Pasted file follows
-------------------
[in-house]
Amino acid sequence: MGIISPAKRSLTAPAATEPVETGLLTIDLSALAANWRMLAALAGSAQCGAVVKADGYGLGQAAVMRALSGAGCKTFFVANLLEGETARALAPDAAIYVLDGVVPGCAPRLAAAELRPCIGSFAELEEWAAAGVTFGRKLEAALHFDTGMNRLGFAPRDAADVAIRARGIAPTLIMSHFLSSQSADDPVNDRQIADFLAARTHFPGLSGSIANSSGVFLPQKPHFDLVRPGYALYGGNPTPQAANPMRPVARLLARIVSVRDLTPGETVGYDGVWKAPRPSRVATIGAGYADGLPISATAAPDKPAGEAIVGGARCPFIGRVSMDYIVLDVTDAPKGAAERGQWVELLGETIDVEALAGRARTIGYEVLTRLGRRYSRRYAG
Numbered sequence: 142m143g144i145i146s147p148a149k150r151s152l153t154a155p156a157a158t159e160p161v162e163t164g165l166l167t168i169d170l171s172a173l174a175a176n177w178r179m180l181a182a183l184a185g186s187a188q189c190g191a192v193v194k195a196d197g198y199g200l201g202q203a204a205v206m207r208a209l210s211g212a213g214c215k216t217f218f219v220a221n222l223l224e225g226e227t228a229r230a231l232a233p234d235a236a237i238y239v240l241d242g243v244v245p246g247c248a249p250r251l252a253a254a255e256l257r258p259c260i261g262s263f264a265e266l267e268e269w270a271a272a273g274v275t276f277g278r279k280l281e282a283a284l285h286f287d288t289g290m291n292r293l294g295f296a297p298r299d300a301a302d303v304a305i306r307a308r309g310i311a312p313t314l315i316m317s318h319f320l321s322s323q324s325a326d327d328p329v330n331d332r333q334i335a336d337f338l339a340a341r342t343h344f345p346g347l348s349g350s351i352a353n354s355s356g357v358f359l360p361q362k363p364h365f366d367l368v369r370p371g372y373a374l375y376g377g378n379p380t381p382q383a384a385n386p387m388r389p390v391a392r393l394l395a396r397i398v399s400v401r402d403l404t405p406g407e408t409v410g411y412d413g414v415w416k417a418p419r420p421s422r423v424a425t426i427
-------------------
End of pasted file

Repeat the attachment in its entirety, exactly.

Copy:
[in-house]
Amino acid sequence: MGIISPAKRSLTAPAATEPVETGLLTIDLSALAANWRMLAALAGSAQCGAVVKADGYGLGQAAVMRALSGAGCKTFFVANLLEGETARALAPDAAIYVLDGVVPGCAPRLAAAELRPCIGSFAELEEWAAAGVTFGRKLEAALHFDTGMNRLGFAPRDAADVAIRARGIAPTLIMSHFLSSQSADDPVNDRQIADFLAARTHFPGLSGSIANSSGVFLPQKPHFDLVRPGYALYGGNPTPQAANPMRPVARLLARIVSVRDLTPGETVGYDGVWKAPRPSRVATIGAGYADGLPISATAAPDKPAGEAIVGGARCPFIGRVSMDYIVLDVTDAPKGAAERGQWVELLGETIDVEALAGRARTIGYEVLTRLGRRYSRRYAG
Numbered sequence: 142m143g144i145i146s147p148a149k150r151s152l153t154a155p156a157a158t159e160p161v162e163t164g165l166l167t168i169d170l171s172a173l174a175a176n177w178r179m180l181a182a183l184a185g186s187a188q189c190g191a192v193v194k195a196d197g198y199g200l201g202q203a204a205v206m207r208a209l210s211g212a213g214c215k216t217f218f219v220a221n222l223l224e225g226e227t228a229r230a231l232a233p234d235a236a237i238y239v240l241d242g243v244v245p246g247c248a249p250r251l252a253a254a255e256l257r258p259c260i261g262s263f264a265e266l267e268e269w270a271a272a273g274v275t276f277g278r279k280l281e282a283a284l285h286f287d288t289g290m291n292r293l294g295f296a297p298r299d300a301a302d303v304a305i306r307a308r309g310i311a312p313t314l315i316m317s318h319f320l321s322s323q324s325a326d327d328p329v330n331d332r333q334i335a336d337f338l339a340a341r342t343h344f345p346g347l348s349g350s351i352a353n354s355s356g357v358f359l360p361q362k363p364h365f366d367l368v369r370p371g372y373a374l375y376g377g378n379p380t381p382q383a384a385n386p387m388r389p390v391a392r393l394l395a396r397i398v399s400v401r402d403l404t405p406g407e408t409v410g411y412d413g414v415w416k417a418p419r420p421s422r423v424a425t426i427